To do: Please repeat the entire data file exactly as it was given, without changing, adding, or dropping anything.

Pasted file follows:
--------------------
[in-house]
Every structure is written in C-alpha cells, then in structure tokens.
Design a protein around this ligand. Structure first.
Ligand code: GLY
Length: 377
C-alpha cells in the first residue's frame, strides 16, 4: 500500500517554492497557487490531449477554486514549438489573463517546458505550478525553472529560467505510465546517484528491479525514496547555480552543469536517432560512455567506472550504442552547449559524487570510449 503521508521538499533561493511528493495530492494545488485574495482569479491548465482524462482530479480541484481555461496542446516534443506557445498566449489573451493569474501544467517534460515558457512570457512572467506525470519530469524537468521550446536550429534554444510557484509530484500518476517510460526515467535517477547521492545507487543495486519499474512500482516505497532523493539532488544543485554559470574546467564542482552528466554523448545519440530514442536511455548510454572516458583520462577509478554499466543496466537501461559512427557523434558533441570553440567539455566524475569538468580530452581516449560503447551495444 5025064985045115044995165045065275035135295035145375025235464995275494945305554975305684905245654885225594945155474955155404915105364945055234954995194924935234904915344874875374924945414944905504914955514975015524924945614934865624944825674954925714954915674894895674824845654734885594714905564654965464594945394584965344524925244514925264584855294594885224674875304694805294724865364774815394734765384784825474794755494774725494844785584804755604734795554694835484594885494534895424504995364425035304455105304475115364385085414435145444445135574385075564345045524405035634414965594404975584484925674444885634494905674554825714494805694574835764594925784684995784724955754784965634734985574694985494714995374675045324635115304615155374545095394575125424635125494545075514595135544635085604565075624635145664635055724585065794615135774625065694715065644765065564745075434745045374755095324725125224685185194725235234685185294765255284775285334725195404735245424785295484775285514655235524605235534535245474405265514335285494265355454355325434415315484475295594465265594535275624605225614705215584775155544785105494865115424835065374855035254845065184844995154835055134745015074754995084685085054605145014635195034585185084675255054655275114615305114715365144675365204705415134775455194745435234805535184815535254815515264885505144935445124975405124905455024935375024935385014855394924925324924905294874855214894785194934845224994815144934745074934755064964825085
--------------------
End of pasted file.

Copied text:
[in-house]
Every structure is written in C-alpha cells, then in structure tokens.
Design a protein around this ligand. Structure first.
Ligand code: GLY
Length: 377
C-alpha cells in the first residue's frame, strides 16, 4: 500500500517554492497557487490531449477554486514549438489573463517546458505550478525553472529560467505510465546517484528491479525514496547555480552543469536517432560512455567506472550504442552547449559524487570510449 503521508521538499533561493511528493495530492494545488485574495482569479491548465482524462482530479480541484481555461496542446516534443506557445498566449489573451493569474501544467517534460515558457512570457512572467506525470519530469524537468521550446536550429534554444510557484509530484500518476517510460526515467535517477547521492545507487543495486519499474512500482516505497532523493539532488544543485554559470574546467564542482552528466554523448545519440530514442536511455548510454572516458583520462577509478554499466543496466537501461559512427557523434558533441570553440567539455566524475569538468580530452581516449560503447551495444 5025064985045115044995165045065275035135295035145375025235464995275494945305554975305684905245654885225594945155474955155404915105364945055234954995194924935234904915344874875374924945414944905504914955514975015524924945614934865624944825674954925714954915674894895674824845654734885594714905564654965464594945394584965344524925244514925264584855294594885224674875304694805294724865364774815394734765384784825474794755494774725494844785584804755604734795554694835484594885494534895424504995364425035304455105304475115364385085414435145444445135574385075564345045524405035634414965594404975584484925674444885634494905674554825714494805694574835764594925784684995784724955754784965634734985574694985494714995374675045324635115304615155374545095394575125424635125494545075514595135544635085604565075624635145664635055724585065794615135774625065694715065644765065564745075434745045374755095324725125224685185194725235234685185294765255284775285334725195404735245424785295484775285514655235524605235534535245474405265514335285494265355454355325434415315484475295594465265594535275624605225614705215584775155544785105494865115424835065374855035254845065184844995154835055134745015074754995084685085054605145014635195034585185084675255054655275114615305114715365144675365204705415134775455194745435234805535184815535254815515264885505144935445124975405124905455024935375024935385014855394924925324924905294874855214894785194934845224994815144934745074934755064964825085